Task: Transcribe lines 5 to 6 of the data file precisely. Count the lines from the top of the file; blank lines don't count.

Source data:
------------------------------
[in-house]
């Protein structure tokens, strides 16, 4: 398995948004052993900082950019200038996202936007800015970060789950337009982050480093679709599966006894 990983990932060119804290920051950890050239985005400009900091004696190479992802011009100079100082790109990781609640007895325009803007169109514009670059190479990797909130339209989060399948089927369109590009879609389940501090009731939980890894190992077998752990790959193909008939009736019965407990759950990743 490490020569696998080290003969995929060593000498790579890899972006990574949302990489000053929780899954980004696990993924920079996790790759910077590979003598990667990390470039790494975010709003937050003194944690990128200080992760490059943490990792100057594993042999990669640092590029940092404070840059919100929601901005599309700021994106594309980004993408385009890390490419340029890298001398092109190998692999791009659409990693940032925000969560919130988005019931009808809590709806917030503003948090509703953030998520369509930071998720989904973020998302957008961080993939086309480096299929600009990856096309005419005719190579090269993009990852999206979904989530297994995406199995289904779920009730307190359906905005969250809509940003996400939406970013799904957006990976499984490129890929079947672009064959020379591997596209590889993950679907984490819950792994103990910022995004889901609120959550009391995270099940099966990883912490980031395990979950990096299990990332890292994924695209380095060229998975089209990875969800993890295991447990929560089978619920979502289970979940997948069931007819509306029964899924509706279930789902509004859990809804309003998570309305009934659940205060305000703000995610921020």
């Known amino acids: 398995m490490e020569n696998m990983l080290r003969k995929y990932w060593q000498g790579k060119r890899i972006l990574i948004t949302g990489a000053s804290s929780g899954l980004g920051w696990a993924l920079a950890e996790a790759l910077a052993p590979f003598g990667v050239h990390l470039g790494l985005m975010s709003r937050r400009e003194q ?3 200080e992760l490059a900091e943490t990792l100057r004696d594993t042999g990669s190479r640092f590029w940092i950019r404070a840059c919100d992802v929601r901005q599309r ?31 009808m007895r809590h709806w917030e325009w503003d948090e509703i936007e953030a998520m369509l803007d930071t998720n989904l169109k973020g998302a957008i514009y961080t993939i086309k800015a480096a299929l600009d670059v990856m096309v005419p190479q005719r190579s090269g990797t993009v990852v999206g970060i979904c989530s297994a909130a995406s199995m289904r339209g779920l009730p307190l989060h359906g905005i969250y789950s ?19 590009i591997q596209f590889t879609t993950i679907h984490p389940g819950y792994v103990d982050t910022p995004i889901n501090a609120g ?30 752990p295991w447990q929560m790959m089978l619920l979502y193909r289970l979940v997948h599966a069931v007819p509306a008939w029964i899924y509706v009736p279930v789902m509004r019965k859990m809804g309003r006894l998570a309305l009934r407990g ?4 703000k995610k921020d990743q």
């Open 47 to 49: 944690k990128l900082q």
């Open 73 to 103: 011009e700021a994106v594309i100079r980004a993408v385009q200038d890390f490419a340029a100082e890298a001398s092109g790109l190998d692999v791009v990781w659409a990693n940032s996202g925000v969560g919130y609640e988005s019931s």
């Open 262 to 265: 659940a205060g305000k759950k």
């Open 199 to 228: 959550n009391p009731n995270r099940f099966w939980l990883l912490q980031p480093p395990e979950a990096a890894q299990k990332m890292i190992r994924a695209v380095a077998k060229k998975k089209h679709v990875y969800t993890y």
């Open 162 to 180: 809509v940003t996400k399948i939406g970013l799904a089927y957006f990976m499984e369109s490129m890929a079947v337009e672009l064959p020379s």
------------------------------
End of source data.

């Open 73 to 103: 011009e700021a994106v594309i100079r980004a993408v385009q200038d890390f490419a340029a100082e890298a001398s092109g790109l190998d692999v791009v990781w659409a990693n940032s996202g925000v969560g919130y609640e988005s019931s």
């Open 262 to 265: 659940a205060g305000k759950k």